2008 :  Royal Challengers Bangalore


                          Tests     ODI
                   132       271 
Runs scored         2,506     938 
Batting average    17.77   10.53 
100s/50s             1/5       0/0 
Top score            110*       26 
Balls bowled      40,850  14,496 
Wickets               619      337 
Bowling average  29.65   30.89 
5 wkts in inns       35          2 
10 wkts in mat       8         n/a 
Best bowling      10/74      6/12 
Ctchs/stmps       60/–       85/– 

Anil Kumble Picks up his 500 Wkt

Anil Kumble Picks up his 500 Wkt


Anil Kumble was born in Bangalore, Karnataka to KN Krishna Swamy and Saroja. His family, of Kannadiga origin, takes its name from Kumble village situated in the Kasaragod district of Kerala, close to the Karnataka border. His paternal great grandfather hailed from this village while his maternal family hails from Karnataka. He is married to Chethana Ramatheertha. Anil has 3 children – daughter Aaruni (from Chethana’s previous marriage), son Mayas and the youngest Svasti (daughter).
Kumble began playing cricket on streets of Bangalore and joined a club called Young Cricketers when he was 13 years old. He did his primary schooling at Holy Saint English School and his high schooling at National High School, Basavanagudi. He got his Pre-University College education from National College, Basavanagudi. Kumble graduated from Rashtreeya Vidyalaya College of Engineering in Mechanical Engineering in 1991-92. Prior to his selection for the England tour, he did exceedingly well in his academics passing mechanical engineering with distinction. He has a brother by name Dinesh. He has a nickname Jumbo not only because his deliveries for a spinner are “as fast as a Jumbo jet”, but also because his feet are quite big or Jumbo as observed by his team-mates. However the main reason his nickname “Jumbo” is because his name “Kumble” has “umb” in it and sounds like “Jumbo”.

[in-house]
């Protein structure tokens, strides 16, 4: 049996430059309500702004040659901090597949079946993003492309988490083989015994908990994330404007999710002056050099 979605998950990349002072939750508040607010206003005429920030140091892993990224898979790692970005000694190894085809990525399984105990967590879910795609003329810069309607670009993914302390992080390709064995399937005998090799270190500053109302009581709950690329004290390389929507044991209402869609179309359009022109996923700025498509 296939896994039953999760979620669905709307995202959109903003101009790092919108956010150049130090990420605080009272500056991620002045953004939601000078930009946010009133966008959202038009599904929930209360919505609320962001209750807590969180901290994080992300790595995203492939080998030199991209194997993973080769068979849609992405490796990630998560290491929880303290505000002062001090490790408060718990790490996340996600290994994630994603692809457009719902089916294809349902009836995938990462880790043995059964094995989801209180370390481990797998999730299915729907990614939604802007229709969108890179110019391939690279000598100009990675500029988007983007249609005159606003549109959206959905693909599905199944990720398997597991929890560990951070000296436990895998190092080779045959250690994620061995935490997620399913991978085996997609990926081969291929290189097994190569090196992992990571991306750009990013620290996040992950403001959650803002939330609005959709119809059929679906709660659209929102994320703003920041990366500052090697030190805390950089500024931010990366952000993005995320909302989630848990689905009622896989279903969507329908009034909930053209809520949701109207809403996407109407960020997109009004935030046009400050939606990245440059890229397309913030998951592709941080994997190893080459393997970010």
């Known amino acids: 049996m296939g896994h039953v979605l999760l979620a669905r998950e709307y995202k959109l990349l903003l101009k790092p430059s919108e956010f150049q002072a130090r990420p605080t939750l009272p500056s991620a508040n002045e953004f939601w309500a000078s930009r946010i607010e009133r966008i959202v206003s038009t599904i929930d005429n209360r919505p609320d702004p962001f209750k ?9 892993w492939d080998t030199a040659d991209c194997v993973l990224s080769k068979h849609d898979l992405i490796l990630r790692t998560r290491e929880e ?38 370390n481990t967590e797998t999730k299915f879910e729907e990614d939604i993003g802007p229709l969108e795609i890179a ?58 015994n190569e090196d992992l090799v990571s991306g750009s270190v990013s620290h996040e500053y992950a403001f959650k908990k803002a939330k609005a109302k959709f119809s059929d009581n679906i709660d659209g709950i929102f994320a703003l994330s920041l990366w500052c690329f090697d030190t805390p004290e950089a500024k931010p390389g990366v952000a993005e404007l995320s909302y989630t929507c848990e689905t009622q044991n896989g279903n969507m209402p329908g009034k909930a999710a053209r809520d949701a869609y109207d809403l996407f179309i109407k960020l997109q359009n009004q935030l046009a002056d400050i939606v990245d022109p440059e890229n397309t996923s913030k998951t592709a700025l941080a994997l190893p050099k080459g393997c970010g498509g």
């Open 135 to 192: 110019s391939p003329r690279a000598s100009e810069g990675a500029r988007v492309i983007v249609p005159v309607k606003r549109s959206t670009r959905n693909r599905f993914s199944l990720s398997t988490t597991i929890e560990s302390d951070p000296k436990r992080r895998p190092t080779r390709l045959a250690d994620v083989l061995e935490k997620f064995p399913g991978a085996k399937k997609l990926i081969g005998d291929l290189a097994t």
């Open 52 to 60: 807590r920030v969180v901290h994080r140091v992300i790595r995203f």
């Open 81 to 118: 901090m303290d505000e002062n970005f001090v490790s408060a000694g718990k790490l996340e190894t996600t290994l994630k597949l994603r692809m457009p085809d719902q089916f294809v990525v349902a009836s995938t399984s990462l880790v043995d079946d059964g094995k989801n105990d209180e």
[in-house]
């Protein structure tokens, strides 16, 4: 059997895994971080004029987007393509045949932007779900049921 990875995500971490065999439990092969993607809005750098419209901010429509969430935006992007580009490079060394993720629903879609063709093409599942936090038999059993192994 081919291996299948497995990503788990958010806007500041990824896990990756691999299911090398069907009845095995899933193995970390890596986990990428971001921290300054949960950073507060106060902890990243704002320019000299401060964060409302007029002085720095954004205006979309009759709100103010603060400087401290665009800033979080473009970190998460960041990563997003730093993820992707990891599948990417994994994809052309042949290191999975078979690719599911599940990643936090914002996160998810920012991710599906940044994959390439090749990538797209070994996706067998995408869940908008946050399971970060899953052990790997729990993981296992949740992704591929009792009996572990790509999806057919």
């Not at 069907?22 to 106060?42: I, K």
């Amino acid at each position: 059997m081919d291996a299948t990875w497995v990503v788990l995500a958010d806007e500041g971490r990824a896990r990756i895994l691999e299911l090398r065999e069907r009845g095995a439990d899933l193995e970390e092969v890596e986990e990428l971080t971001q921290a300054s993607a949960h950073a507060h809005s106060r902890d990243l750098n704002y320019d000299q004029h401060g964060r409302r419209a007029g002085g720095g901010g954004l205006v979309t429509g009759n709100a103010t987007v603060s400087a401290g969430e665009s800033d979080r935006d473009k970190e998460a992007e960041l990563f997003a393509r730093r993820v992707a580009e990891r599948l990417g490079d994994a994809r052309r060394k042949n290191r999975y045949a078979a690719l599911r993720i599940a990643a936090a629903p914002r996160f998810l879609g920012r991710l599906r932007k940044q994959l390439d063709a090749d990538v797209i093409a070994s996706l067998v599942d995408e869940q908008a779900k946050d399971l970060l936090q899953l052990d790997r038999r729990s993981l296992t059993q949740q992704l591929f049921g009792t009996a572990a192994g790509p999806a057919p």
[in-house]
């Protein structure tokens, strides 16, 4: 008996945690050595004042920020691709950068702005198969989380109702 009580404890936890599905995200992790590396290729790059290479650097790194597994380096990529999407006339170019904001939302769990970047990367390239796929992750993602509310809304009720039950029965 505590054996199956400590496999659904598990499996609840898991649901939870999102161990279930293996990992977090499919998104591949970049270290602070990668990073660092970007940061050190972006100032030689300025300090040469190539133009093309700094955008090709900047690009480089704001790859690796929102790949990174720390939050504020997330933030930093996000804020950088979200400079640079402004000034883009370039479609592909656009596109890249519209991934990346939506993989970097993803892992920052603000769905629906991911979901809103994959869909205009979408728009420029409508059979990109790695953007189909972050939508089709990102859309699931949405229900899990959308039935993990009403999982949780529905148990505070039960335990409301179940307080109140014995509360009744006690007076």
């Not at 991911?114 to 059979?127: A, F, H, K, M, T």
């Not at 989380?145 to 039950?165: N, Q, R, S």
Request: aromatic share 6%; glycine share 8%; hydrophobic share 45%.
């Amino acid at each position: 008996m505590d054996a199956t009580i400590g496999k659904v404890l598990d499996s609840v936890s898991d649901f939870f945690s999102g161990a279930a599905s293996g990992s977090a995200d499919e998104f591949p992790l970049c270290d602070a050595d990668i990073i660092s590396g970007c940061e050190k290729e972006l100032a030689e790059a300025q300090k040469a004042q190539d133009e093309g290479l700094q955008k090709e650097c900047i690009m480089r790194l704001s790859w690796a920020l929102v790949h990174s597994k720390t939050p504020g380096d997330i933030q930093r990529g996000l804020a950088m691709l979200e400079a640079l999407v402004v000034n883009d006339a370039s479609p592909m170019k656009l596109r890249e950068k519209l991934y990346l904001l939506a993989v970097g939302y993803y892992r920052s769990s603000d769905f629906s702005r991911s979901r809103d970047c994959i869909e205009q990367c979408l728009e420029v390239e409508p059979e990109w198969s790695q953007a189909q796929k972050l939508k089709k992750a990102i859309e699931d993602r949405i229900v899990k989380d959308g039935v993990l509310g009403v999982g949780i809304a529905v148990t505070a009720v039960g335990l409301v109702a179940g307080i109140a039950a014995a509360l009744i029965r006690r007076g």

Kumble is a right-arm leg spinner with an unorthodox style, most famous for his flipper. He started his career as a medium pacer, which has given him a useful faster delivery. He relies more on accuracy, variations and bounce than spinning the ball. His unique bowling style can be attributed to matting pitches in Bangalore which assist top-spin and over-spin.
He made his first-class debut for Karnataka against Hyderabad in November 1989, taking 4 wickets and bagging a pair. He was selected for India Under-19s against Pakistan Under-19s, scoring 113 in the first test and 76 in the second. He made his ODI debut against Sri Lanka at Sharjah in the Australasia Cup on 25 April 1990. He also made his Test debut in that year on India’s tour of England in the second Test. It was when India toured South Africa in 1992 that he established himself as a quality international spinner, taking 8 wickets in the second Test. Later that year, when England toured India, he took 21 wickets in just 3 Test matches at an average of 19.8.
He took his first 50 Test wickets in just 10 Test matches, the fastest an Indian bowler had achieved the milestone. He went on to become the second fastest Indian bowler to reach 100 Test wickets (in 21 Test matches), after Erapalli Prasanna. On 27 November 1993, he took 6 wickets for 12 runs in an ODI against the West Indies at Calcutta, a new record for best bowling figures by an Indian, one that remains unbeaten till date.